JANUARY 15, 2013
If any of us was Bill Gates, we wouldn't ask ourselves whether we
should donate money to ME charities. We'd just do it. We'd reach into
our gigantic bank account and drop our billions on the problem, secure
in the knowledge that we were pouring such shedloads – no, planetloads
– of cash onto it that the problem would be solved.
We're not Bill Gates. So, should we bother giving if we can't give billions?
In his book, 'How to Change the World', John-Paul Flintoff says that
we tend to think that when big things happen, it's because one person
did something big, but in reality, it's usually lots of individuals
making small contributions. It's well worth each of us making even
small donations, because we're among thousands doing the same thing.
It's also important to tell others what we're doing so that they don't
feel like suckers if they give and so that we make donating to our
charities a social norm. By telling people about your giving, you
So if you're not in debt or really struggling to afford the basics, it
would be a good idea to donate. But how much? As people who are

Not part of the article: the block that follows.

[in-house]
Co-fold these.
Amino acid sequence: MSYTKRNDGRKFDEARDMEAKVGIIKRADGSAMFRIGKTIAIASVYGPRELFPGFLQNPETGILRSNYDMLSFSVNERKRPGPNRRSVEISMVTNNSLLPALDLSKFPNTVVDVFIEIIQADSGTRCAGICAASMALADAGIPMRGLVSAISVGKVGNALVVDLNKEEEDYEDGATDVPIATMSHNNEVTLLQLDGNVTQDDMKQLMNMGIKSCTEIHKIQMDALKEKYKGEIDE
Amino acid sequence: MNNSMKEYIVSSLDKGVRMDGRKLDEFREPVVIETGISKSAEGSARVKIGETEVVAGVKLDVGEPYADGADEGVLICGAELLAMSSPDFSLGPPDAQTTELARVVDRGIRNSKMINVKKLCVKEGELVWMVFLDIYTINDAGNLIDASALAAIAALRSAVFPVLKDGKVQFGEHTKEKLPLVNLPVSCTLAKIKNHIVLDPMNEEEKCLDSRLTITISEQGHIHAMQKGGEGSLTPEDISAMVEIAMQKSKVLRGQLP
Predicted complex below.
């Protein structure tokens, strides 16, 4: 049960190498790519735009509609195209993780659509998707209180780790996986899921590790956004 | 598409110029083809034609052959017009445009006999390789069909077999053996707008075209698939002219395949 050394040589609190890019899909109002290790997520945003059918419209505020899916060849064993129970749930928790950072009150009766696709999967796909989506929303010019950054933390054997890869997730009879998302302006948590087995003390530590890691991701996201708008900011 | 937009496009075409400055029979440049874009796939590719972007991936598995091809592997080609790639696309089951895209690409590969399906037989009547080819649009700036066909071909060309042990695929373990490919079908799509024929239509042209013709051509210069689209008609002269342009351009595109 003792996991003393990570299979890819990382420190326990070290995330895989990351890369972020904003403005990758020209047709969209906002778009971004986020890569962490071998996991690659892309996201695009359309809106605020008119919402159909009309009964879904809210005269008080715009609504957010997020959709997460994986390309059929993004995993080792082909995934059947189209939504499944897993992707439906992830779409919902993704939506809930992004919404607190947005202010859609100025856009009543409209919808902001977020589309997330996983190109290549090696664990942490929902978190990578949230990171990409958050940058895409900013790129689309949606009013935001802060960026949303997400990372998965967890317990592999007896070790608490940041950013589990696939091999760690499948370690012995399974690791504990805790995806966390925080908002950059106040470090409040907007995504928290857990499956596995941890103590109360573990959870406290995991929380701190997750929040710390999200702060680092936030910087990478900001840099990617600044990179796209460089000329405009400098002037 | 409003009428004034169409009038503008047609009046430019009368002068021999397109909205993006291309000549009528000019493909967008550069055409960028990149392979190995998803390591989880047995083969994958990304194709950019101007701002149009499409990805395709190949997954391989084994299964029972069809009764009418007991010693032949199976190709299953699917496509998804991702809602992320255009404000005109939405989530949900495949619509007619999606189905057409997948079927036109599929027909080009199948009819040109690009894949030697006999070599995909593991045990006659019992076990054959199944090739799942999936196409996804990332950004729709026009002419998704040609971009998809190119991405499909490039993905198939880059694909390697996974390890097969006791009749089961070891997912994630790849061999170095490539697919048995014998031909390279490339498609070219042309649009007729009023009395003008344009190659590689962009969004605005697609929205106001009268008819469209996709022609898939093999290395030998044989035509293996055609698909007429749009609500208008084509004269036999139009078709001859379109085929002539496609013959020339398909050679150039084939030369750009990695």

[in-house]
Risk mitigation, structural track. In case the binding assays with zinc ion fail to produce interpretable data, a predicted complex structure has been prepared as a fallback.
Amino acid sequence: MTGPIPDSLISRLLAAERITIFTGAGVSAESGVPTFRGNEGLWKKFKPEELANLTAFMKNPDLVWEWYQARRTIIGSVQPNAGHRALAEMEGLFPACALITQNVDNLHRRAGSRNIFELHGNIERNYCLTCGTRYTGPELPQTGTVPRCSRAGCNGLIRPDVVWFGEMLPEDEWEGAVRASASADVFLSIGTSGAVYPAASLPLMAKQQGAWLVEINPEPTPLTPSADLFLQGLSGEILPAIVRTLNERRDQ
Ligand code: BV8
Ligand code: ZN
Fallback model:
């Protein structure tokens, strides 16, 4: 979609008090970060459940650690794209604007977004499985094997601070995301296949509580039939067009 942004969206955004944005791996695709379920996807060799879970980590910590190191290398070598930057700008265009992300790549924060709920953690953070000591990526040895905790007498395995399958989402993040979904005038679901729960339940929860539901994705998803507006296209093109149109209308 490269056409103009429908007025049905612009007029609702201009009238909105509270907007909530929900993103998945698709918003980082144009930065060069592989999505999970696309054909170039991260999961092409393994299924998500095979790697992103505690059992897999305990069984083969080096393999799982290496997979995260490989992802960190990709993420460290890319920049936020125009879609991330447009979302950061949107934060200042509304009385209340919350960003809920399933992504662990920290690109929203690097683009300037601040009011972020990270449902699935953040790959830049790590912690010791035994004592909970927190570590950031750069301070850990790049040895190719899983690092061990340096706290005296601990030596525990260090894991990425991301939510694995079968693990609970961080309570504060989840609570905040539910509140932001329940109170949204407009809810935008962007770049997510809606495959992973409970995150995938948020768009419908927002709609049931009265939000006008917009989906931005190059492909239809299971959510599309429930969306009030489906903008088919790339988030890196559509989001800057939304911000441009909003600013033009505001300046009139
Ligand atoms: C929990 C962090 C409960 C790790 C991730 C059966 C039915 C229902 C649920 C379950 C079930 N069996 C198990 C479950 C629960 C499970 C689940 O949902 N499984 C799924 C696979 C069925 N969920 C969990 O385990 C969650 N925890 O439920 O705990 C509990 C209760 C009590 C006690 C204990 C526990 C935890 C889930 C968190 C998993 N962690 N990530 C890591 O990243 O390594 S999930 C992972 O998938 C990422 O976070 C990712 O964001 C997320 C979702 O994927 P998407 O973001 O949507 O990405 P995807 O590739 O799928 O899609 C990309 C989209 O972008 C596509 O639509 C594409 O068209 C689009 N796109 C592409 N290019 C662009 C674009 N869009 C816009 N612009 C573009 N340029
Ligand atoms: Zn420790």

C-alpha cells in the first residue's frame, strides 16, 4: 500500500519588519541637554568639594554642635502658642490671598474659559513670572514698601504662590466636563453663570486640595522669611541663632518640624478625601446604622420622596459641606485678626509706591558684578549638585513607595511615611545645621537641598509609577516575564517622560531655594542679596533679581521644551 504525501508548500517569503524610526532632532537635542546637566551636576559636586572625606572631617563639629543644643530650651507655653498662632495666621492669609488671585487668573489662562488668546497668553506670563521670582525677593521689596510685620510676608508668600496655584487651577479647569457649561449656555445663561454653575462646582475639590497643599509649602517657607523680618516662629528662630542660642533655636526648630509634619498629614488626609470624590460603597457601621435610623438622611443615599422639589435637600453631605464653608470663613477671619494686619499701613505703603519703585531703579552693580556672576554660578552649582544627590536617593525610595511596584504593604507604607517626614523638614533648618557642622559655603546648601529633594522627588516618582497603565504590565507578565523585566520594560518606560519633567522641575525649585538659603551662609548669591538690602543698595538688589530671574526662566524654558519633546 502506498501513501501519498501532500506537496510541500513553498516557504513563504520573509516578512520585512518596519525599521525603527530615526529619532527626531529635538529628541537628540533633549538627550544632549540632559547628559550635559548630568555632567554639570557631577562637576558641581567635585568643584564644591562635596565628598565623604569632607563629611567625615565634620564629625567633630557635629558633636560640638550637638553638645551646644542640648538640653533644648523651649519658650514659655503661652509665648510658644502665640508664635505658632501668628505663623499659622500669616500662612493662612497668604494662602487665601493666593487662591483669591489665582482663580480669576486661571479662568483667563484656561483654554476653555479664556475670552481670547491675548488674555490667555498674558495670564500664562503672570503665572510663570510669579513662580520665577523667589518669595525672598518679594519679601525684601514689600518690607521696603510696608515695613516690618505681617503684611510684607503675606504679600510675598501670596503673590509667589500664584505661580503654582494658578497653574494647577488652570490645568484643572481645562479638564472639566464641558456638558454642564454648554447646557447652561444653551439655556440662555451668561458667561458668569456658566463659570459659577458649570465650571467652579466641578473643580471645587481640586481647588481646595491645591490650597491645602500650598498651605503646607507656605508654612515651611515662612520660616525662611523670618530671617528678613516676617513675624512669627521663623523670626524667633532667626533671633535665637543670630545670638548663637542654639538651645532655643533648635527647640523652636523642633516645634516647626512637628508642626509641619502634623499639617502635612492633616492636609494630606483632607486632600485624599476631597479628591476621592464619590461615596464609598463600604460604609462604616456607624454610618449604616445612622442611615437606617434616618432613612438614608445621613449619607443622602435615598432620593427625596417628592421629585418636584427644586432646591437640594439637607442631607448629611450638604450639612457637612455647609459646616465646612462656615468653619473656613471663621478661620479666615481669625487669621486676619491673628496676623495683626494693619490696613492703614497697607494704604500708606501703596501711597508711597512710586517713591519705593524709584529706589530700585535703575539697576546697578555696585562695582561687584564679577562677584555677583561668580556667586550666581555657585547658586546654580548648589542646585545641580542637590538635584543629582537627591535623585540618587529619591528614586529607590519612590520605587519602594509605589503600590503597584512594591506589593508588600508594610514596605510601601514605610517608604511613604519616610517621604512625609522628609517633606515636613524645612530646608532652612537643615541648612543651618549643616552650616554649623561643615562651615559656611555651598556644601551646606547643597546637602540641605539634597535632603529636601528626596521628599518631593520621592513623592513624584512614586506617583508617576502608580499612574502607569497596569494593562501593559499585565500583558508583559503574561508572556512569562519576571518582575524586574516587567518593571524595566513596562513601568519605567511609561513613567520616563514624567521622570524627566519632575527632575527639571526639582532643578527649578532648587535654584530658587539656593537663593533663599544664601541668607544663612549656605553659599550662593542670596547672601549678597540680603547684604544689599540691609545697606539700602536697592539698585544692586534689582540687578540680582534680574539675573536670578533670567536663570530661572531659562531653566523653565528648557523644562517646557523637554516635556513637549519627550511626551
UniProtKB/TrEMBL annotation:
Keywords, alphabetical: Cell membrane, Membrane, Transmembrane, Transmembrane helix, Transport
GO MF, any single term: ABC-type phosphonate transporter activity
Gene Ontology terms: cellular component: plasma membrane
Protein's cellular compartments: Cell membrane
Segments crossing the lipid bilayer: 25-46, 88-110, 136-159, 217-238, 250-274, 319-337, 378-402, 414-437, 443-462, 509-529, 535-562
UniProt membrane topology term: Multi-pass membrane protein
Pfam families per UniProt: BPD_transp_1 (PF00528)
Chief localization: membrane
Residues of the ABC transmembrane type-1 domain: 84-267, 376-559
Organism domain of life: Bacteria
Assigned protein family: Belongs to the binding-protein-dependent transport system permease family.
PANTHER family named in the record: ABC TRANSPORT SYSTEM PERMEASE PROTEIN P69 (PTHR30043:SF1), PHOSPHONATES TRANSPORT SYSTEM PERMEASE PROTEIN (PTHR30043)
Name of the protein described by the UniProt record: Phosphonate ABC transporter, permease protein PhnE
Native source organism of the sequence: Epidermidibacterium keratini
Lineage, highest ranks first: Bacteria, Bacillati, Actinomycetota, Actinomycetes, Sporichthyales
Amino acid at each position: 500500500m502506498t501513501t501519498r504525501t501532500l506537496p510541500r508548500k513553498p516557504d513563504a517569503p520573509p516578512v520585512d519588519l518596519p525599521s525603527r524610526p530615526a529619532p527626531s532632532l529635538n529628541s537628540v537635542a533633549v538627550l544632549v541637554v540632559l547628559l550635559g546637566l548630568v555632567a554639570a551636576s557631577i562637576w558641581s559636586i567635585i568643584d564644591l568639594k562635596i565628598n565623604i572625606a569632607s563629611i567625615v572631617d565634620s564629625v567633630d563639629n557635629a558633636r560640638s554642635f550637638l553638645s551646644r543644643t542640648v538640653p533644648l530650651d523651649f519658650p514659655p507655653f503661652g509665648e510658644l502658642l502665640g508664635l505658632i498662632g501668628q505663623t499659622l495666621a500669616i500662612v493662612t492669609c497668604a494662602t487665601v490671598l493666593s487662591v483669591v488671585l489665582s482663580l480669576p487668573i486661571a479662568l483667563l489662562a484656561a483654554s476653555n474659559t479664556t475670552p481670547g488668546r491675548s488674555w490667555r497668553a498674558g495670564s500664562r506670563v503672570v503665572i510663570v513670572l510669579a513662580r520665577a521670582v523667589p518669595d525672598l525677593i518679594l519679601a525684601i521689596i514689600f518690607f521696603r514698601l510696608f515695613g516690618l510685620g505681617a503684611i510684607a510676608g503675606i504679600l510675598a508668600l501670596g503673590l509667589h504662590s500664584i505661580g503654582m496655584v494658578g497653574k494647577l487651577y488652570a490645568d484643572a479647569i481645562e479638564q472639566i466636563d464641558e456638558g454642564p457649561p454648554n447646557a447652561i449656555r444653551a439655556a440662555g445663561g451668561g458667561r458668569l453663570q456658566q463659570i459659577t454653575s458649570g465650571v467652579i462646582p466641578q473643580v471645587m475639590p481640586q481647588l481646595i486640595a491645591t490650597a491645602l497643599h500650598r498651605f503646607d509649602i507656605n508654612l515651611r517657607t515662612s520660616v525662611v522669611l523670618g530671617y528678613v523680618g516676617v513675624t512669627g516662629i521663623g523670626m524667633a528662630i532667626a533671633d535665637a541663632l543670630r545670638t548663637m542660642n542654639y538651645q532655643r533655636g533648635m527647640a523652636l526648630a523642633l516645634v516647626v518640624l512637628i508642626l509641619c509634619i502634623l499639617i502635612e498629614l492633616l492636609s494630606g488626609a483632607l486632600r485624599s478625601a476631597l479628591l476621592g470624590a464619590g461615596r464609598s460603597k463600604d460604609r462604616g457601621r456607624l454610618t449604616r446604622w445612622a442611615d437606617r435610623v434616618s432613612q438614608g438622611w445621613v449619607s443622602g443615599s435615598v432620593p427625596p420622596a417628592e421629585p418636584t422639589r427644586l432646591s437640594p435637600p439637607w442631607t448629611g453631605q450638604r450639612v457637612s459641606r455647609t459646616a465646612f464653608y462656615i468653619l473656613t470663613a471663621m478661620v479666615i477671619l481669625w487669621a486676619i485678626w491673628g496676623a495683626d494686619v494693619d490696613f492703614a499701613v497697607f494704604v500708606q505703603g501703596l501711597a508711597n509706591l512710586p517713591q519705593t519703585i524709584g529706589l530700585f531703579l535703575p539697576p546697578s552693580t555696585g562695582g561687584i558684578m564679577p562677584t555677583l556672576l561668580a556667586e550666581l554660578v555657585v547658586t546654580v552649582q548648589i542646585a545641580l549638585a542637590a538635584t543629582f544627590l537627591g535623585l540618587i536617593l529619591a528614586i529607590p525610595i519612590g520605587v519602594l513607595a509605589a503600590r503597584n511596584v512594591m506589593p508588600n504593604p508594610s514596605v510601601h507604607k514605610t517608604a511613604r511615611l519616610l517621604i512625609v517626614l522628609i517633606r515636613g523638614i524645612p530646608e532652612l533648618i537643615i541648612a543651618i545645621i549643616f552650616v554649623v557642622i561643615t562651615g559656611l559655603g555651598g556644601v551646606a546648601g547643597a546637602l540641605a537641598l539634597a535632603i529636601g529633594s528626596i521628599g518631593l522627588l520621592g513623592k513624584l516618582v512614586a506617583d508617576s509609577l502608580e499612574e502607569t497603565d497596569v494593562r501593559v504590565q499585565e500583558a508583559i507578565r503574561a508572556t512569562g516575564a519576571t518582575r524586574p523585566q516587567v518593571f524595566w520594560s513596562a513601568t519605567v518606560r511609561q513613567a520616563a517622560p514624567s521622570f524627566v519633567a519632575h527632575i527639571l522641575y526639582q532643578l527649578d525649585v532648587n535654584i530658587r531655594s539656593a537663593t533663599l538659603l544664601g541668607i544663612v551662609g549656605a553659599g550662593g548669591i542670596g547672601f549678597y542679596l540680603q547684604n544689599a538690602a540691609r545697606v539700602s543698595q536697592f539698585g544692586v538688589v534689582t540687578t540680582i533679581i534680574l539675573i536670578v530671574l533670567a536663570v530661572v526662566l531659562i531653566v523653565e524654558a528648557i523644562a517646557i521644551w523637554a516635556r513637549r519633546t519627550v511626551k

chronically sick, we're probably going to be a bit more cautious with
our money than most but if we pick a strategy that suits us, we'll be
more likely to give and to feel comfortable doing it. And it needn't
be the same strategy forever: pick something that suits you for now,
and if it doesn't later, change it.
Here are a few approaches to choosing how much to give:
Article continues at: http://phoenixrising.me/archives/15149
Instead of tithing to a church, I donate a percentage of the earnings from my editing business to CFS research. The minimum I donate is 10%, but when Simmaron was trying for matching funds, I donated far more than that.
If you can't afford to give anything now, please write it into your Will. It doesn't have to be a huge amount, even selling your bed and clothes at a yard sale will provide a few dollars toward research. Or "in lieu of flowers, donate to [CFS charity of your choice]."